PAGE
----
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Diagnosis: Itchy Choad at The Bunkhouse

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They’re Itchy. They’re Choad. They’re Itchy Choad

When you name your band Itchy Choad, you run some minor risks. I thought it sounded like a new kind of STD - an infection of the skin on the testicles coupled with a nasty rash. Itchy. Choad.

In reality the health center at UNLV isn’t seeing any cases of Itchy Choad, because it’s actually the name of a local band that is gaining steam with every gig they play. The band used to just be C.H.O.A.D., which stands for Creative Heroes On Active Duty. This evokes more of a super hero theme, Captain Planet and his cohorts saving the world one polluted wasteland at a time. While they don’t don spandex suits for their missions, all the band members are in the Air Force, hence the whole heroes on active duty thing. They recently added the “Itchy” in front as an homage to vocalist Mike “Itchy” Richards’ nickname, explained drummer Chris Horton. When it was combined with Choad, it just kind of stuck, (much like the STD I thought the name represented.)

IC have made a speedy transition from acoustic garage band to a more guitar heavy outfit, filling local bars and other venues and recently playing to a large crowd at the tailgate party for the UNLV vs. Airforce football game. Their single “Empty Eyes” has also had some radio play on Local 107.9.Tonight the band is playing downtown at the Bunkhouse Saloon. Las Vegas Weekly spoke with drummer Chris Horton about his role in the band and their recent rise to success in the local music scene.

How long have you guys been playing together?

Chris Horton: All of us collectively, it’s been since March of this year. Mike, the singer, and Russ [bassist] have actually been playing together for a couple of years in the garage. Mike’s background is in acoustic guitar playing. We kind of got together just on a whim.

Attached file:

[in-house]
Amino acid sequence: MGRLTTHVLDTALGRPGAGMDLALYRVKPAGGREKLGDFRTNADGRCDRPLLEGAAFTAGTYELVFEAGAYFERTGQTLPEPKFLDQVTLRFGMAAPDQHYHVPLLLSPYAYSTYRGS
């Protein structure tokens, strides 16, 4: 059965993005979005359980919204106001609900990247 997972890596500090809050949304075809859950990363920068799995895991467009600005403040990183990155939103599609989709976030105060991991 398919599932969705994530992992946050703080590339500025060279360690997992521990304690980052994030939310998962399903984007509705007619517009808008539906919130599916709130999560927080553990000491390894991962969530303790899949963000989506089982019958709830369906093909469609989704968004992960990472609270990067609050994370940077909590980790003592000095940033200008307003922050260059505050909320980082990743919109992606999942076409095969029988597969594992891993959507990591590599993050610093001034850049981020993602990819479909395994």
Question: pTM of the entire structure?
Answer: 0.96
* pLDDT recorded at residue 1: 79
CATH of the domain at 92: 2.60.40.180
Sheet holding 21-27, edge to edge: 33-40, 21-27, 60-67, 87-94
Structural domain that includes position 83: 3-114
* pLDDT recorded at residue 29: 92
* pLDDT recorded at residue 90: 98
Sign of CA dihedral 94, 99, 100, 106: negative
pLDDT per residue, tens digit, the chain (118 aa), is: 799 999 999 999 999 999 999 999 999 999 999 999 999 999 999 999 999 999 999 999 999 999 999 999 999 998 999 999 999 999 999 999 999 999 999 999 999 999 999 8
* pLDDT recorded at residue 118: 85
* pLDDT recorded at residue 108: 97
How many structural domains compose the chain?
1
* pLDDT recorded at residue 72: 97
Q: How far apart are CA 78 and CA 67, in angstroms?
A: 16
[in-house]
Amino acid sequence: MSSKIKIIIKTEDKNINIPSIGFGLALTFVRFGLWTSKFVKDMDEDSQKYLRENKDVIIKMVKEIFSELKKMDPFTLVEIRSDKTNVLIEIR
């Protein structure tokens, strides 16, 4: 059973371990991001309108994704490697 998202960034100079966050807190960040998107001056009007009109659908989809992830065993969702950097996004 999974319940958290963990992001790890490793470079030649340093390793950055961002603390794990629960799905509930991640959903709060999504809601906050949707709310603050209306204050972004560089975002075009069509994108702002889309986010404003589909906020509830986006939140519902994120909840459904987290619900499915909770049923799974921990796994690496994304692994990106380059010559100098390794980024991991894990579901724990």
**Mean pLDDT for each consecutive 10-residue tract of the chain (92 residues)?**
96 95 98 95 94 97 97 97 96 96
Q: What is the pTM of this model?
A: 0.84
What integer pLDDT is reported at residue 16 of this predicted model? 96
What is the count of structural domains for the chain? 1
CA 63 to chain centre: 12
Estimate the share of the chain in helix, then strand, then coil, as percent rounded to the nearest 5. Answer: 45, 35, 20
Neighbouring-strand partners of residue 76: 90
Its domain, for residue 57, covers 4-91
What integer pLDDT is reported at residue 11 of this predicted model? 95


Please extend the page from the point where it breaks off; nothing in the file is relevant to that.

Have you all had a tour of service abroad?

Yeah, I did the first Desert Storm tour back in ’93. I’ve been in it eighteen years. Most of us are pretty old dudes. Actually myself, Russ and Bill have all been in I think over eighteen years.

What was it like hearing your music on the radio for the first time?

It was way cool. You get to act like a kid again; you grin ear to ear.

Was that about a sniper? Were you involved in the songwriting process?

Actually my wife really put most of it together in like 30 minutes. I came home from practicing one night and she said she had this idea and we just looked at the words and kind of organized the thoughts a bit and made it tell a story. It was just one of those things that popped into her head with all the stuff going on over there - what goes through the head of a sniper.

Do you use your music as a kind of catharsis or release from all the disturbing thoughts of war and things you have experienced?

Music is a great release. What’s wild is how things just come together collectively for the four of us. We’ll have some lyrics and the guitarist will have a riff in his head. We’ve had a few songs just come out quickly in an evening where everything just gels.

What was the transition like from playing in your garage for friends to headlining events like the concert at the recent UNLV vs. Air Force football game?

Actually the first time I met up with these guys, everyone just had that look that we just sound pretty good together. I told the guys that I would buy another drum set but we were going to do something with it. It would be a waste to just hang out and play in the garage. It’s been fast but it’s been one of those things that just felt right.

What are you most looking forward to about your Bunkhouse show?

We haven’t played there yet. I actually went there today and checked it out because I like to know exactly what I’m getting into. It looks like a really cool little spot to play. I met some of the barbacks and they said they are just looking for a good time and that’s what we try to give everyone.

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